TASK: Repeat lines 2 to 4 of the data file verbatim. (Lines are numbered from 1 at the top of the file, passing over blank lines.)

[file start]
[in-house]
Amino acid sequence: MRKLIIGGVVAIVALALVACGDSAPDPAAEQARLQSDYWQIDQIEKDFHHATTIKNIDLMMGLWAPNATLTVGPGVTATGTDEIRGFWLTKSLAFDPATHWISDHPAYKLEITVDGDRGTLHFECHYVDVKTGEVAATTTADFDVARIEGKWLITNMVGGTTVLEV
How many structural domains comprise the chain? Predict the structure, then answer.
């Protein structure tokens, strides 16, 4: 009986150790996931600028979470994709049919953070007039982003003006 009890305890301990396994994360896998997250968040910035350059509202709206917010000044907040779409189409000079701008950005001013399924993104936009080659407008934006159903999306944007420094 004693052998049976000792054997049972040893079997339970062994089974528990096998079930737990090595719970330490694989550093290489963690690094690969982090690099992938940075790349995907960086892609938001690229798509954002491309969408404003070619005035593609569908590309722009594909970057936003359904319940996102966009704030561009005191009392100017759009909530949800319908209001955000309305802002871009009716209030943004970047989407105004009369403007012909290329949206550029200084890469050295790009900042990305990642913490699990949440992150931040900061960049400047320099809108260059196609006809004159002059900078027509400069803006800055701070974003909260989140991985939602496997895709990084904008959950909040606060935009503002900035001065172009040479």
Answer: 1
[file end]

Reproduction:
Amino acid sequence: MRKLIIGGVVAIVALALVACGDSAPDPAAEQARLQSDYWQIDQIEKDFHHATTIKNIDLMMGLWAPNATLTVGPGVTATGTDEIRGFWLTKSLAFDPATHWISDHPAYKLEITVDGDRGTLHFECHYVDVKTGEVAATTTADFDVARIEGKWLITNMVGGTTVLEV
How many structural domains comprise the chain? Predict the structure, then answer.
């Protein structure tokens, strides 16, 4: 009986150790996931600028979470994709049919953070007039982003003006 009890305890301990396994994360896998997250968040910035350059509202709206917010000044907040779409189409000079701008950005001013399924993104936009080659407008934006159903999306944007420094 004693052998049976000792054997049972040893079997339970062994089974528990096998079930737990090595719970330490694989550093290489963690690094690969982090690099992938940075790349995907960086892609938001690229798509954002491309969408404003070619005035593609569908590309722009594909970057936003359904319940996102966009704030561009005191009392100017759009909530949800319908209001955000309305802002871009009716209030943004970047989407105004009369403007012909290329949206550029200084890469050295790009900042990305990642913490699990949440992150931040900061960049400047320099809108260059196609006809004159002059900078027509400069803006800055701070974003909260989140991985939602496997895709990084904008959950909040606060935009503002900035001065172009040479």